A study from the William S. Middleton Memorial Veterans Hospital in Madison, Wisconsin, has shown that structural damage in the white matter of the brain may be linked to chronic musculoskeletal pain in Gulf War veterans.
The results appear online in the journal Pain.
Using magnetic resonance imaging, the researchers found that participants with chronic pain had widespread disruptions in the structure of their white matter across several regions of the brain. White matter is deep tissue within the brain that contains axons, nerve fibers that conduct electrical signals and connect different areas of the brain. Many of the brain regions found to be affected in the study are involved in the interpretation of pain stimuli and the emotional aspects of pain perception.
The results showed that poorer white matter health was linked to higher pain levels. It was also connected with higher levels of fatigue and, to a lesser extent, depression. In the words of the researchers, "These data suggest that poor white matter health may contribute to the persistent widespread pain that is experienced by a significant number of veterans who were deployed to the Persian Gulf."
According to Dr. Dane E. Cook, corresponding author on the article, results such as these can provide objective evidence of a person's subjective experience. He explains, "Changes in brain white matter show that there is something wrong in the central nervous system that may explain why the veteran is experiencing widespread pain."
Chronic musculoskeletal pain affects around 25 percent of veterans who were deployed during the Persian Gulf War. It is one of the cardinal symptoms of Gulf War illness, a chronic condition with a variety of symptoms that is largely medically unexplained. Veterans deployed to Iraq and Afghanistan more recently as part of operations Enduring Freedom and Iraqi Freedom have also shown similar rates of chronic musculoskeletal pain.
The patients in the Madison VA study with chronic pain also had lower quality of life and physical functioning than those without chronic pain, according to assessments given to each participant.
Evidence has suggested that Gulf War illness symptoms are related to structural changes in the brain. A 2008 report by the VA Research Advisory Committee on Gulf War Veterans' Illnesses linked decreased white matter volume to Gulf War illness. In the new study, the researchers were looking for brain structural damage specifically linked to pain. To do so, they recruited 30 veterans with chronic musculoskeletal pain from operations Desert Storm, Desert Shield, and Iraqi Freedom. They also tested 31 veterans of these conflicts without chronic pain, for comparison.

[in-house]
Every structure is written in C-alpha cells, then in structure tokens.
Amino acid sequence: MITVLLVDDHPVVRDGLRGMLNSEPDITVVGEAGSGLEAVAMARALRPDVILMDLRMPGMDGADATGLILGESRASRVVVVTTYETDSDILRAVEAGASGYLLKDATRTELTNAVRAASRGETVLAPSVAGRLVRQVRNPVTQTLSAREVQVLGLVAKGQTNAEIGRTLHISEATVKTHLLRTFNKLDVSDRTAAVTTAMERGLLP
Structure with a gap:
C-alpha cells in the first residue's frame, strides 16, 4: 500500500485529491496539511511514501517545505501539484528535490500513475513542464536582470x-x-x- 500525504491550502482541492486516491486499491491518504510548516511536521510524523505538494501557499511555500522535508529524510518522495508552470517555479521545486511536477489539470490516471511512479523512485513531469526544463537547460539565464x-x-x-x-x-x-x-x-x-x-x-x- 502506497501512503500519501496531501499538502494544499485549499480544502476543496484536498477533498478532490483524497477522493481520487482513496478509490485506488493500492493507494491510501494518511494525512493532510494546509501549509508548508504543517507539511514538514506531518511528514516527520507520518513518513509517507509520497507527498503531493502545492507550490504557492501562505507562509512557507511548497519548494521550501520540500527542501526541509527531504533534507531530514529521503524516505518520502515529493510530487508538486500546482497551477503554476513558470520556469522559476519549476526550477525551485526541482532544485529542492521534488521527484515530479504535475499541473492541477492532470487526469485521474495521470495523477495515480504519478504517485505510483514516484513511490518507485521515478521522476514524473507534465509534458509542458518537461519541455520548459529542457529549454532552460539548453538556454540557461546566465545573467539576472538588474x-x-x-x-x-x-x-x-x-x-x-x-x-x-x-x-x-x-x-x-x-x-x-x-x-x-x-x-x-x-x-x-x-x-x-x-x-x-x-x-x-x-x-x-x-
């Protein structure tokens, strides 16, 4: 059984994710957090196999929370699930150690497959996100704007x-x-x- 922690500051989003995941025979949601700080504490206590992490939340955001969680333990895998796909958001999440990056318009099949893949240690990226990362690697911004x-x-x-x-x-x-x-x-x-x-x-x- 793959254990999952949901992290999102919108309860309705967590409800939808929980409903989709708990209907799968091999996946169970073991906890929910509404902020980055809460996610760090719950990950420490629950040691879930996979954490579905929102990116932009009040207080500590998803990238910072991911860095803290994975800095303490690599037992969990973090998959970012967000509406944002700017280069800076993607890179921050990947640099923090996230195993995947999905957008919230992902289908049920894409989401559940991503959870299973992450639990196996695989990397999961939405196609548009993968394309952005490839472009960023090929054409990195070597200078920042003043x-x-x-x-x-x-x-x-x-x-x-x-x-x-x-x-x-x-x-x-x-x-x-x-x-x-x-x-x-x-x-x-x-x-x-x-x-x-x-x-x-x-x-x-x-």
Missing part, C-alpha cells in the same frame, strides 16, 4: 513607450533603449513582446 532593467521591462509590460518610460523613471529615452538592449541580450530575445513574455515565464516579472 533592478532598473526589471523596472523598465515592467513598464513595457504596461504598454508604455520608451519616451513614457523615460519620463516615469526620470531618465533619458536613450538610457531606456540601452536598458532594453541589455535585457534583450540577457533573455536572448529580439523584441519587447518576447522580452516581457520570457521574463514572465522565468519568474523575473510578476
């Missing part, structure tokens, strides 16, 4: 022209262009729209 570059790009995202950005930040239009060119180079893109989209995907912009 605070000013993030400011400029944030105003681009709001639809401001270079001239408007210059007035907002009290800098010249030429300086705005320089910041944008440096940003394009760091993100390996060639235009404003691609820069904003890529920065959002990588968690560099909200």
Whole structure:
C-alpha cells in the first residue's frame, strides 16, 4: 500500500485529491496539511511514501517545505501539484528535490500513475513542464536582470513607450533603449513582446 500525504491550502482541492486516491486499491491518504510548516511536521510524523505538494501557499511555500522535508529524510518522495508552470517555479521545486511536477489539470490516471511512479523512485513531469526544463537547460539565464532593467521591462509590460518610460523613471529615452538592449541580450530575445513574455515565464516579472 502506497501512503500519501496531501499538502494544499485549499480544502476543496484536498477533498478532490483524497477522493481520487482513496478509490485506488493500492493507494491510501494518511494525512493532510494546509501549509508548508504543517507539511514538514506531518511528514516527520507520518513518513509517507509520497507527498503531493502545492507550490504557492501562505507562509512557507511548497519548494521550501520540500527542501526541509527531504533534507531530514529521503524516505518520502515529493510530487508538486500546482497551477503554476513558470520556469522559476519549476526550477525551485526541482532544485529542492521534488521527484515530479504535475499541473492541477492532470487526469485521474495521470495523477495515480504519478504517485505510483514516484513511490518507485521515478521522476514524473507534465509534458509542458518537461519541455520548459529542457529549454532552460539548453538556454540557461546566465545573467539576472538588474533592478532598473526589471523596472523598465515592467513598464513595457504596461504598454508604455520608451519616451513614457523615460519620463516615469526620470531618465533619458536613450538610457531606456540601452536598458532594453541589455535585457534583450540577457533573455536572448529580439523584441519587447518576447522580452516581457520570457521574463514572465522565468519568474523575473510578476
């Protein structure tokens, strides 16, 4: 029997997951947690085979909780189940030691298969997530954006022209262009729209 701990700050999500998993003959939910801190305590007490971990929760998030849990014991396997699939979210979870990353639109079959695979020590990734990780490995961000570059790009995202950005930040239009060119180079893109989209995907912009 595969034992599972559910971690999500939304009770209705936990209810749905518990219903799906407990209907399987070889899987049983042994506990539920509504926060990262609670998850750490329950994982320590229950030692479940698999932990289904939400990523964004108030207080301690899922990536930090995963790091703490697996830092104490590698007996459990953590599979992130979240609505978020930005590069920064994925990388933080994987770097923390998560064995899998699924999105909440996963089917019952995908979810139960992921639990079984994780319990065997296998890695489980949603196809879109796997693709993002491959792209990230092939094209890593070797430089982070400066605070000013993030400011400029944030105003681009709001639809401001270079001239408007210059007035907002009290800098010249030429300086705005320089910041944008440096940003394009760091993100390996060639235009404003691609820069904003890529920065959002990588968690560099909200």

The researchers took MRIs of each participant's brain. They used a technique called diffusion tensor imaging to study the spread of water through the brain. Water tends to diffuse along the direction of the axons, the researchers explain, meaning that MRI can be used to map the structural integrity of white matter. One study by Georgetown University researchers was able to tell the difference between patients with Gulf War illness and those without by using diffusion mapping.
The disruptions in water diffusion found in the Madison VA study suggest that the myelin structure of axons is impaired in those with chronic pain, write the researchers. Myelin is a material that surrounds axons and nerve cells. It serves as an electrical insulator and allows the nervous system to function properly.
Finding disruptions in white matter that are significantly related to the experience of pain is an important step towards determining the mechanisms of chronic pain in Gulf War veterans, explains Cook.
The findings "emphasize that chronic pain in Gulf War vets and perhaps Gulf War illness affects the central nervous system." Other chronic pain conditions and diseases are categorized as central nervous system diseases, but Gulf War illness is less well understood. Figuring out how Gulf War illness affects the central nervous system and causes pain can help doctors understand and treat the condition.
However, the researchers explain, "what is yet to be determined is whether these microstructural relationships are reversible with appropriate treatment, and whether changes in white matter structure will lead to improvements in symptoms."
The next step, says Cook, is to test whether treatments aimed at relieving pain also change the white matter. The research team is in the final year of a clinical trial using exercise training as a treatment for veterans with chronic pain. They are assessing both pain symptoms and white matter over time to test whether changes in white matter are related to changes in pain. Cook hopes that this ongoing study could lead to better treatments for chronic pain: "Our premise is that by targeting potential mechanisms of disease maintenance, we will be better able to target our treatments, a form of personalized medicine."